These rights look at the livelihood of the citizens in the European Union. The Social Charter was first introduced to Britain in 1997 and it helped citizens in all shape or forms to improve their daily lives. Competition Policy Competition policy is essential for the completion of the internal market. The raison d'i?? tre of the internal market is to allow firms to compete on a level playing field in all the Member States. Competition policy seeks to encourage economic efficiency by creating a climate favourable to innovation and technical progress.
It protects the interests of consumers by allowing them to buy goods and services under the best conditions. It also makes it possible to ensure that any anti-competitive practices by companies or national authorities do not hinder healthy competition. 1. OBJECTIVES OF COMPETITION POLICY EU competition policy must guarantee the unity of the internal market and avoid the monopolisation of certain markets by preventing firms from sharing the market via protective agreements.
Markets can come to be monopolised as a result of restrictive agreements or company mergers. It attempts to prevent one or more firms from properly exploiting their economic power over weaker firms (abuse of a dominant position). It must also prevent Member States' governments from distorting the rules by discriminating in favour of public enterprises or by giving aid to private-sector companies The Commission has wide investigative powers. It can carry out inspections on business premises without giving prior notice and can demand to see the necessary documents.
Before taking a decision, it gives the firms and Member States concerned the opportunity to explain their position at specially organised hearings. Firms or Member States, which are the subject of a Commission decision, may challenge the decision before the Court of First Instance and the Court of Justice in Luxembourg. It is also possible for individuals or firms that believe they are the victims of anti-competitive behaviour to take their case before the national courts.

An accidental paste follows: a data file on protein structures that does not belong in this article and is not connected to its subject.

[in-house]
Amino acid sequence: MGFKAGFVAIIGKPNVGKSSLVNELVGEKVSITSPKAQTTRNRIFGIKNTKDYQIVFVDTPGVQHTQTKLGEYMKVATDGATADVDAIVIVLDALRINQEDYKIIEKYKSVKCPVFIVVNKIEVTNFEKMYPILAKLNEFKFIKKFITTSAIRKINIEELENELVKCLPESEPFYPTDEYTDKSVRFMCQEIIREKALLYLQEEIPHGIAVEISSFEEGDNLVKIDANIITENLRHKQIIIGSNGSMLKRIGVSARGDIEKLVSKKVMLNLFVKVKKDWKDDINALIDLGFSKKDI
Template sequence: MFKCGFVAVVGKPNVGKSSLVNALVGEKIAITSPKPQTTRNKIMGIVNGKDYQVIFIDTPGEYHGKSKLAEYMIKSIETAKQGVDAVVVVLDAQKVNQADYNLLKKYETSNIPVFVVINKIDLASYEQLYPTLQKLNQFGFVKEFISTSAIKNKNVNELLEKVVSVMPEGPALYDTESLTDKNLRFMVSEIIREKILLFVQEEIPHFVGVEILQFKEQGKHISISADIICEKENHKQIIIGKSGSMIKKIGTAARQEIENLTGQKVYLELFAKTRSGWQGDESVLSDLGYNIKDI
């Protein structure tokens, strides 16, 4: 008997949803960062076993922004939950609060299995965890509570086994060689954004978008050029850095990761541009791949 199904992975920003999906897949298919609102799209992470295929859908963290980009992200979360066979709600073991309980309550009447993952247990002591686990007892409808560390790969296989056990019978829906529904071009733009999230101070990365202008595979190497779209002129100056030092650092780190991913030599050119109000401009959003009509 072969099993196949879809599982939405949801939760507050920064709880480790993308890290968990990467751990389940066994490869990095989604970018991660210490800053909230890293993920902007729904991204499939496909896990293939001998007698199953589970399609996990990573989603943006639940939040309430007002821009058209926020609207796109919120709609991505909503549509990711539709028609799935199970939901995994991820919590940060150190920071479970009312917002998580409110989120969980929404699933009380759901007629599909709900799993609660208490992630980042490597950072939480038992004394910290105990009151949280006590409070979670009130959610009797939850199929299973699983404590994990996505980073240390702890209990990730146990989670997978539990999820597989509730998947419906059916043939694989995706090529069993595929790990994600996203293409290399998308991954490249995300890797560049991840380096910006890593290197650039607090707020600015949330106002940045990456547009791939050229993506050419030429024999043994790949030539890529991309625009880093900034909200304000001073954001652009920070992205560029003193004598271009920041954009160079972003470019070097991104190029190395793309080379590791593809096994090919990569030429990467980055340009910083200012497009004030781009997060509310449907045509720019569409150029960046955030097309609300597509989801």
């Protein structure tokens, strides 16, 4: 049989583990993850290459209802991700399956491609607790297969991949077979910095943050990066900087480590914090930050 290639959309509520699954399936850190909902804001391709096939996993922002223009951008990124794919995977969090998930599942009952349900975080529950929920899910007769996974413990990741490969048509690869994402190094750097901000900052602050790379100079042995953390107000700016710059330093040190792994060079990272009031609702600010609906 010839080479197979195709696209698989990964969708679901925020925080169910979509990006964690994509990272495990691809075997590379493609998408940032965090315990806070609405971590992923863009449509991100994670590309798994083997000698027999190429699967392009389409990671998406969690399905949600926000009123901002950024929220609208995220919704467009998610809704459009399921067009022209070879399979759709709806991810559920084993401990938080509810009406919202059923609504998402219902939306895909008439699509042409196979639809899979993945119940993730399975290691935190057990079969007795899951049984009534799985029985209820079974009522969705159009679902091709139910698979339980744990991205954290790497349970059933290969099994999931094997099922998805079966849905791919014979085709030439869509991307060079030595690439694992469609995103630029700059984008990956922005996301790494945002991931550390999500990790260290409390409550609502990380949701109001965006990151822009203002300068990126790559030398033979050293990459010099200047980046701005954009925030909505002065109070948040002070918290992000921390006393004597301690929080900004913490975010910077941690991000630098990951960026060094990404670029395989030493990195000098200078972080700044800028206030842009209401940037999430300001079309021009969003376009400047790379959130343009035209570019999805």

In 1999, for example, following an appeal by ten European steel firms and their professional association Eurofer, the Court of First Instance essentially confirmed the Commission's decision imposing fines on them for price fixing, market sharing and the exchange of confidential information. In 1992 the Treaty of Maastricht was signed. The European Community changed its name to what we know as the European Union. This treaty states that: > To promote economic and social progress, which is balanced and sustainable > Strengthening of economic and social cohesion
> Establishing an economic and monetary union, which will lead to a single currency. This treaty helped many businesses as it created more money for these firms. Plans for a single currency were being laid down at this time, which when implemented means that their will be a fixed exchange rate system so businesses can plan ahead with what deals they want to make. The Social Chapter was also part of this treaty, which indicates equality for men and women. It has a great impact on the way businesses operate and the rights of their citizens.
The chapter involves the following issues: movement between countries, payment for employment, living and working conditions, state benefits, Trade Union membership, Training, Equality, Information, Consultation and participation at work and rights for the disabled. The movement between countries involves peoples being allowed to move from one country to another without any barriers. This means people are allowed to move from one country to another no matter if it is for work or for a holiday as immigration laws are not a difficult to get through. Payment for employment involves a minimum wage of i??
3.50 after the age of 18. This makes sure that employers do not take advantage of their employees. Women are also entitled to maternity pay while they are pregnant. Employees are also entitled to bonuses from their employers. Training allows all employees to learn and be educated in their field of work. This allows them to develop their skills. State benefits entitle people who are unemployed or disabled to receive money. This allows them to get by and get the necessities they need. A Trade Union membership allows workers to take industrial action if they fell their employers do not have their needs in mind.